List of Software that turn tablet into drawing screen

Since most of the people on this forum probably have one or a few old penabled tablet that is retired for outdated processor/OS, I make this thread to cover and dicuss what software we can use to bring new purpose for our old tablets. This will cover all the OS (as long as the tablet is penabled. Some of the solution here I have only heard of and lack information which might need input from others.

Super Display

  • 10$ one time purchase on Google Play.
  • wired or wireless
  • support mirror, extend display, choose custom resolution
  • Project to Android tablet OS version 5 or higher
  • Host PC must be Windows 10 64 bit 1703 or higher
  • Support Pen and touch, wintab or Microsoft API
  • 60hz and 120hz supported (120hz required on Android tablet over usb 3.1 connected)
  • beta support audio output, picking the GPU you want to use with Super Display
  • Recommend disable USB selective suspend setting for prolonged use.
  • by far the best wired solution with near native responses ( depending on 2.0 or 3.0 usb connection, CPU and CPU of host PC. Still even over USB 2.0 on a 2013 laptop with integrated graphics, it still feel acceptable to draw on for me)

Apple Sidecar

  • free
  • Project to all Ipad with Apple Pencil support
  • Host PC must be a mac with macOS Catalina or higher
  • Mirror and extend use
  • native wired and wireless support
  • pen and touch support

Windows wireless display (Project to this PC)

  • free
  • Project to Windows 10 tablet/PC/laptop (essentially turn your windows device into a wireless display)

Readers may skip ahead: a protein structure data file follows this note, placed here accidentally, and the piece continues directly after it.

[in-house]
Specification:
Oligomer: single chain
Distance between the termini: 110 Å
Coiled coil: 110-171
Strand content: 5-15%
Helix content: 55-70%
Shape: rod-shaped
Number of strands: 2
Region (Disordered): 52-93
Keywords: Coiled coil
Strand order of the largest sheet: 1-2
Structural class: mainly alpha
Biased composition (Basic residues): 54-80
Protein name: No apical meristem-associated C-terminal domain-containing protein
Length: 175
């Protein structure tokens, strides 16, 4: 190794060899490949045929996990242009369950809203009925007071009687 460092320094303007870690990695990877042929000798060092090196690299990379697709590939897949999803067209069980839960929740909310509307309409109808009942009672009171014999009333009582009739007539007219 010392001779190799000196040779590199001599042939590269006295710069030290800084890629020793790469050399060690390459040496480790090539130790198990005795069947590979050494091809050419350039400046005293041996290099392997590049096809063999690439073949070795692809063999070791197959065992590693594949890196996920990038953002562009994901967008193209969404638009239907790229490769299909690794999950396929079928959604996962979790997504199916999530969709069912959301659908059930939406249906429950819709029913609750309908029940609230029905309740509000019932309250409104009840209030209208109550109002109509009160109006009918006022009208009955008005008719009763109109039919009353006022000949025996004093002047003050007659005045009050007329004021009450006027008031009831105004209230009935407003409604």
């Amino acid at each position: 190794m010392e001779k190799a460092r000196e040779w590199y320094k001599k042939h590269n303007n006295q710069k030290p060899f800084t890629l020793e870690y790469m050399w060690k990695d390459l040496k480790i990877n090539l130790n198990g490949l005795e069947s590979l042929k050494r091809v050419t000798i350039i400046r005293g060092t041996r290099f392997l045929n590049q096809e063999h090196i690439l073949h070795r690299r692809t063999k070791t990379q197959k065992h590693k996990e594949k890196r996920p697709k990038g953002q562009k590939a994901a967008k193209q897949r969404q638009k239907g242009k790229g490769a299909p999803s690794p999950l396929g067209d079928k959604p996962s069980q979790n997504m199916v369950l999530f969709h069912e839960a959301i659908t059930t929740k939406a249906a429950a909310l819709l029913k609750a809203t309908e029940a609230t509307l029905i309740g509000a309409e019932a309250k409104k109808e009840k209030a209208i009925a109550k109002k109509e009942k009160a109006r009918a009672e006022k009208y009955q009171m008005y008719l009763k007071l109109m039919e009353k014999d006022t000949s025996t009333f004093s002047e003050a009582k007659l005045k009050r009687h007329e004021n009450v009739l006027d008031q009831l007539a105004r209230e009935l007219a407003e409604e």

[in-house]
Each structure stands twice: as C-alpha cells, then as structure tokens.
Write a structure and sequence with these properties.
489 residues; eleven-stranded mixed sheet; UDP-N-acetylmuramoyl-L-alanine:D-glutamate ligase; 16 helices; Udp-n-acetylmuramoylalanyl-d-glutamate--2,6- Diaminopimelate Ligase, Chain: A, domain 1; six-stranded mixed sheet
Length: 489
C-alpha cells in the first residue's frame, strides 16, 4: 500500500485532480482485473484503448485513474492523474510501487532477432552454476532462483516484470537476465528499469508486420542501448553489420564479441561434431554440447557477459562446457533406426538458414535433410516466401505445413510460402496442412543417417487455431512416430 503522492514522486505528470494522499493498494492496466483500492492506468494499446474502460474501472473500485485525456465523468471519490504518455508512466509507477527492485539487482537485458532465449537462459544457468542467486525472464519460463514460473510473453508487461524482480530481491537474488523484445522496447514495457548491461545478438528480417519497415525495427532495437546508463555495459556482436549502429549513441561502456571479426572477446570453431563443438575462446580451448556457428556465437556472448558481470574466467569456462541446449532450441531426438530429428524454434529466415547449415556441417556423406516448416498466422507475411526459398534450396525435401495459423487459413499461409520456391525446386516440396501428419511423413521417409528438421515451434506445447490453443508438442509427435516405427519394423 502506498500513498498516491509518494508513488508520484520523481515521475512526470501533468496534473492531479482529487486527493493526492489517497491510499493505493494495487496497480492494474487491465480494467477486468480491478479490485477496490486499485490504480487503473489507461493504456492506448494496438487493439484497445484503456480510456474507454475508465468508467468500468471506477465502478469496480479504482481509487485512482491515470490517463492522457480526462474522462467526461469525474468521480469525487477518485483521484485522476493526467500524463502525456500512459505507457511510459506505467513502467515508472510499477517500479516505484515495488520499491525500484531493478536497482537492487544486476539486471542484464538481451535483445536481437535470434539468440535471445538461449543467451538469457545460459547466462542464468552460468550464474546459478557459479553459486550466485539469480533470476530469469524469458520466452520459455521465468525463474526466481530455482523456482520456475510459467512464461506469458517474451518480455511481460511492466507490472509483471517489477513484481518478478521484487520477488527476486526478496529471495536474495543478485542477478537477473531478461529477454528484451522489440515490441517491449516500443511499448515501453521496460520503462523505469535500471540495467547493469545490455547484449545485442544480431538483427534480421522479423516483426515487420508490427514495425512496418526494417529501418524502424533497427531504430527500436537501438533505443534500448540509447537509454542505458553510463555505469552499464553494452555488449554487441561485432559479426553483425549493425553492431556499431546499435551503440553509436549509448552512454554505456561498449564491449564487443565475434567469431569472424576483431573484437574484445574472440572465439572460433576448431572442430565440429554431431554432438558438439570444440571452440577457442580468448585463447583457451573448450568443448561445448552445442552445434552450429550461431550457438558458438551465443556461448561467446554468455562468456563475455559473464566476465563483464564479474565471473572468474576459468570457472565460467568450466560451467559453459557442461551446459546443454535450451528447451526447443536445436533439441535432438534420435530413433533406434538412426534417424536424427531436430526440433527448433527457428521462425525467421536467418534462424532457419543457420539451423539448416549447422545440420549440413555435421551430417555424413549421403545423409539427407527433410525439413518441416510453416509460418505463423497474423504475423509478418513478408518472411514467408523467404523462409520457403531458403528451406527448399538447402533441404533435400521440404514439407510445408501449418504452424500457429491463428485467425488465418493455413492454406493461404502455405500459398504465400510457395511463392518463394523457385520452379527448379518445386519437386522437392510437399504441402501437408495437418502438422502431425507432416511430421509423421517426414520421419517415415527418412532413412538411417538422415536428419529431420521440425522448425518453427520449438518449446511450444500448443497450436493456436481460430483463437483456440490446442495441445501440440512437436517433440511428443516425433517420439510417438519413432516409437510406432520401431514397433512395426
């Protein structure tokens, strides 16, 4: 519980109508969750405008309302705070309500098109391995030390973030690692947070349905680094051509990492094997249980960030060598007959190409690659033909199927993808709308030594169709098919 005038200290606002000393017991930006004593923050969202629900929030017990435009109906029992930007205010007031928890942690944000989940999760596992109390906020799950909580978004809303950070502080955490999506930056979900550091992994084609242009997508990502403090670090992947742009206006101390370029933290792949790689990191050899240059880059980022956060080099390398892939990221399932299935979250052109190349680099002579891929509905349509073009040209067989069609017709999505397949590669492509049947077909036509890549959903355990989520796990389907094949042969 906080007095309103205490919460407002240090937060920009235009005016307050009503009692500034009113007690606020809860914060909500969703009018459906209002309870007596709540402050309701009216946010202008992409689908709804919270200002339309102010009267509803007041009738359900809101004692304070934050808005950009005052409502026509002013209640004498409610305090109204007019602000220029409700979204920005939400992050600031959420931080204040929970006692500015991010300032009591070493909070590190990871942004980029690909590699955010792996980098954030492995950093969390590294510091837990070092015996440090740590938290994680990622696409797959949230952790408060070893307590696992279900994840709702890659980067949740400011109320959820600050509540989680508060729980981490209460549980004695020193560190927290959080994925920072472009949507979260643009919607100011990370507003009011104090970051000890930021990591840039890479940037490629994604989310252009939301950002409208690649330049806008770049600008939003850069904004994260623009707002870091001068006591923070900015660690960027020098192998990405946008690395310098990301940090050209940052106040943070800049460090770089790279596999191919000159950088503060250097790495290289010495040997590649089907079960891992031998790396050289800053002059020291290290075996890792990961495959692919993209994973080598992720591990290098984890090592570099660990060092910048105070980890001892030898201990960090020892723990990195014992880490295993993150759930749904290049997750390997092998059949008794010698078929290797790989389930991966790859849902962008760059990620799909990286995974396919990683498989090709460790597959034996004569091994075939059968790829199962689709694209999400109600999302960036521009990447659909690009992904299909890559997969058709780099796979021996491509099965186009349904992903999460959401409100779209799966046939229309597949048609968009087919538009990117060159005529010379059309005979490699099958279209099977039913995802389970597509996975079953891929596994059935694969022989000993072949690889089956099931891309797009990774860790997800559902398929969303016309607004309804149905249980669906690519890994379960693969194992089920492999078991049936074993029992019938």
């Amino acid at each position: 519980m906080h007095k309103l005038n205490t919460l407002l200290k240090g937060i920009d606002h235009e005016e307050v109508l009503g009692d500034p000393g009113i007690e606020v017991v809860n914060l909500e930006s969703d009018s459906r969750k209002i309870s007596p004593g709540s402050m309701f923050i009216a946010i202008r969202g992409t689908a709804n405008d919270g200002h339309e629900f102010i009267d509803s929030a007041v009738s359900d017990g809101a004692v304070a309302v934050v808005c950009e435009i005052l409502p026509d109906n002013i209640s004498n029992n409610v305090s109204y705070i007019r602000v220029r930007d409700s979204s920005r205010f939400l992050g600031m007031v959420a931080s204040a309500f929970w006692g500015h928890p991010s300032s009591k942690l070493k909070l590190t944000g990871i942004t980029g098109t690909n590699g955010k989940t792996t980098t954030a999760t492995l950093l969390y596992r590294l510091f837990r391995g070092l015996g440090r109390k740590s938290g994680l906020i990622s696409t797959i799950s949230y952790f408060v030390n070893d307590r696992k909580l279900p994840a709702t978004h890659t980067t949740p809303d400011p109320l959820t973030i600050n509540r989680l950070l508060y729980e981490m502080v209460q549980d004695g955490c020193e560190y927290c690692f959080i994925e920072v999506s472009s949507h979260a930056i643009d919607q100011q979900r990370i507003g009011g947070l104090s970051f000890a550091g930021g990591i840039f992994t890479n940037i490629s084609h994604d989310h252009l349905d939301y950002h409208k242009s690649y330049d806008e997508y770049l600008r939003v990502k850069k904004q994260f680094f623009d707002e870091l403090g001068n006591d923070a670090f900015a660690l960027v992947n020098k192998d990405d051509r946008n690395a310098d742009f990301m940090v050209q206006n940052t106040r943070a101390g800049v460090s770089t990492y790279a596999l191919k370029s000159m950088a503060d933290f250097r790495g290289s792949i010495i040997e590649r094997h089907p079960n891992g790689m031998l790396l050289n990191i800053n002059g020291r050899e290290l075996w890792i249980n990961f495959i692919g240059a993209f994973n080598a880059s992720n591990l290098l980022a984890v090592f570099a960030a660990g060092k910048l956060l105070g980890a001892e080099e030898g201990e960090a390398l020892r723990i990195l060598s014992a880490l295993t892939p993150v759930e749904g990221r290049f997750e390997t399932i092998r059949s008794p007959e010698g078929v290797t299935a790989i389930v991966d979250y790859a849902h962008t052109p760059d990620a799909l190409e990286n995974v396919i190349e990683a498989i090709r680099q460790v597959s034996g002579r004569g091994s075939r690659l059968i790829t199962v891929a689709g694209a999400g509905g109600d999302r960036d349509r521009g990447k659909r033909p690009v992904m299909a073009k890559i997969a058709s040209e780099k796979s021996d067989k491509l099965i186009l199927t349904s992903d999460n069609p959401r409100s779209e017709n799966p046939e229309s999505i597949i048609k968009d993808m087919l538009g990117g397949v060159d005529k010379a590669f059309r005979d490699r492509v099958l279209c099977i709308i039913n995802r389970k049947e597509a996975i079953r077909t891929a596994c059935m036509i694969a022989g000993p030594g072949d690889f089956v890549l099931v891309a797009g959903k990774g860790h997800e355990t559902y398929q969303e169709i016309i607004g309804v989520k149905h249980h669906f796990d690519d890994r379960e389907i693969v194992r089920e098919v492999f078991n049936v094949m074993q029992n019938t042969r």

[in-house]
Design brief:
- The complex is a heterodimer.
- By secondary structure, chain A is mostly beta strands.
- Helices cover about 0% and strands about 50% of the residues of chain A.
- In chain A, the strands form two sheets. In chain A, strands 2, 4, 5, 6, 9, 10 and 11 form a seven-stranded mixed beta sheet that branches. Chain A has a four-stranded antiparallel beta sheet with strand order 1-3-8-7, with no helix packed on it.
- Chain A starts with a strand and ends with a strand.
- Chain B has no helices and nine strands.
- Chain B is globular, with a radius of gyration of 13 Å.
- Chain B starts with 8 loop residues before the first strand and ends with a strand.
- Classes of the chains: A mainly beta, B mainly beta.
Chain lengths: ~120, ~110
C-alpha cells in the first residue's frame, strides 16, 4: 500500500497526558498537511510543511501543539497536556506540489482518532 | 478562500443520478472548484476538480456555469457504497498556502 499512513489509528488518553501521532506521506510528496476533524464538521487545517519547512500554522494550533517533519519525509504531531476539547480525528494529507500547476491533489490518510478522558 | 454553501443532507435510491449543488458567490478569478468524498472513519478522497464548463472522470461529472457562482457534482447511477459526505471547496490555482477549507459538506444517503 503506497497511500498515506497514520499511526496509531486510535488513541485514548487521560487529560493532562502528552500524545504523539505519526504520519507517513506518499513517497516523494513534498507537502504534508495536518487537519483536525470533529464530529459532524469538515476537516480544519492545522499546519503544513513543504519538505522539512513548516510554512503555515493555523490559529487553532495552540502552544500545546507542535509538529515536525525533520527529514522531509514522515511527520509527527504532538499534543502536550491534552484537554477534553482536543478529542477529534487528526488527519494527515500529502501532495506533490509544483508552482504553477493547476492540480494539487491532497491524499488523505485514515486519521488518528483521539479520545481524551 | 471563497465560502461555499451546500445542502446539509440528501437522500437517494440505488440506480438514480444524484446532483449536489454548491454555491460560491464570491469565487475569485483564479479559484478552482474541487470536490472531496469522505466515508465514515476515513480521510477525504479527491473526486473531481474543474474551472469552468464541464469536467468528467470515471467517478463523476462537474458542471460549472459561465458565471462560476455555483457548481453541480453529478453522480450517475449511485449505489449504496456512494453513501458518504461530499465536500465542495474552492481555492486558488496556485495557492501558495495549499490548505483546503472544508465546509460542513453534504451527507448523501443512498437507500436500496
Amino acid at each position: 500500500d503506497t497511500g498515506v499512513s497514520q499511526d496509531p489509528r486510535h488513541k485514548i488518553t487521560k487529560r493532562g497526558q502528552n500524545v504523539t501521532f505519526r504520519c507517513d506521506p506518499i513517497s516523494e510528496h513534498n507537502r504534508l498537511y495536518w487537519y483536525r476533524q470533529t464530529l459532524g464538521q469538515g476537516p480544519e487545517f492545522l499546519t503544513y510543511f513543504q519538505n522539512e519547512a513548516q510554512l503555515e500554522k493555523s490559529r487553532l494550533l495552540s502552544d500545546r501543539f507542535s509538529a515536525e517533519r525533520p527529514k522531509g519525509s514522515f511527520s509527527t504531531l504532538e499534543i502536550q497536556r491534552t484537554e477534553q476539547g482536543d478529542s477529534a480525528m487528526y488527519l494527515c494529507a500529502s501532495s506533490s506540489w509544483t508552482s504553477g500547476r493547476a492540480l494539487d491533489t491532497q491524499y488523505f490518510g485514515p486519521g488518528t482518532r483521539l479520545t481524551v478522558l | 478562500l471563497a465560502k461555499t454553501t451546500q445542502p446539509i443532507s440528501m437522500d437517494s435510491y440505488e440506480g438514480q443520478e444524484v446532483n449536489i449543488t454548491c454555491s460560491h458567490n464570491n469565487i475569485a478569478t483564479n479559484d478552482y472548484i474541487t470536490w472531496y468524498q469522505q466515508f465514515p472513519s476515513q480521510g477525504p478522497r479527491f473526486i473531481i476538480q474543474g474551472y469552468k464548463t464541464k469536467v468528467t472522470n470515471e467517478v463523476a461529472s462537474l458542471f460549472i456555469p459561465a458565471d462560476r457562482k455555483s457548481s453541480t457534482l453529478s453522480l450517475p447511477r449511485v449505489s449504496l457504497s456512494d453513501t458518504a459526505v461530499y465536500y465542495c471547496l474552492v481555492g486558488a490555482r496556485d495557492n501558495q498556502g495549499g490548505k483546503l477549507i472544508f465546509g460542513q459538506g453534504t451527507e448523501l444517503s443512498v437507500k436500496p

• Host PC can be PC or android (DEX)
  • Pen and touch can be enabled if host PC is windows
  • Can be connected over LAN network but most PC still must have Miracast capabilities (haven’s tested)
    → I tried this and it worked with pen and touch, but slow as molasses. The projected PC was an underpowered Atom Windows tablet and our wifi was poor though.

Astropad

  • 29.99$ onetime purchase standard version or 79.99$ annual subscription Studio version (faster and more features than standard)
  • Mirror mode only
  • projected devices: most iPad
  • Host PC: Mac or Windows ( currently beta)
  • pen and touch enabled

Easy canvas

  • 11.99$ one time purchase or 4.99$ annual subscription (same performance according to FAQ)
  • mirror mode and extended mode
  • projected device: iPad or Samsung device with Spen
  • Host PC: Windows (project to both iPad and Android) and Mac (to iPad only)
  • can coexist with Super Display ( tested iPad version only)
    → Pen and touch performance was good at full resolution in extend mode on iPad, Haven’t tried the new extend mode and Android option.

Duet Display

  • 14.99 $ onetime purchase (wired only) or 24.99$ annual subscription with additional wireless and RD function. Additional 34.99$ annual subscription for apple pencil support
  • Mirror mode and extend mode
  • projected devices: most iPad, Android
  • Host PC: Mac or Windows
  • pen and touch enabled confirmed on iPad (subscription)

Weylus

  • free
  • host pc: windows, mac or linux (pen and touch input only work on linux)
  • projected device: ipad, android, windows, mac, linux ( anything with a modern browser where screen is projected)
  • mirror or extend mode (might have some hardware requirements)

Linux over VNC

  • free
  • host pc: linux
  • projected device: Android/windows/linux with VNC client
  • require some linux /Android knowledge and be somewhat tech savvy to set up. Pen input might be possible but require extensive research.
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So Microsoft Wifi direct projecting from PC to PC is an interesting thing (and is probably an answer to Sidecar that no one cared about). It can accept pen, touch and keyboard input from the Miracast receiver ( Samsung second screen, penabled Windows tablet). It is the native supported way to turn a Windows tablet into second penabled screen without any third party download.

I wouldn’t have cared about this Windows feature as I have no trust in a wireless solution, but then I came accross an interesting article about Miracast over Infrastructure. According to this, after establishing the Widi connection over wifi, the subsequent data transfer can happen through a wired Ethernet if available. So I did an experiment: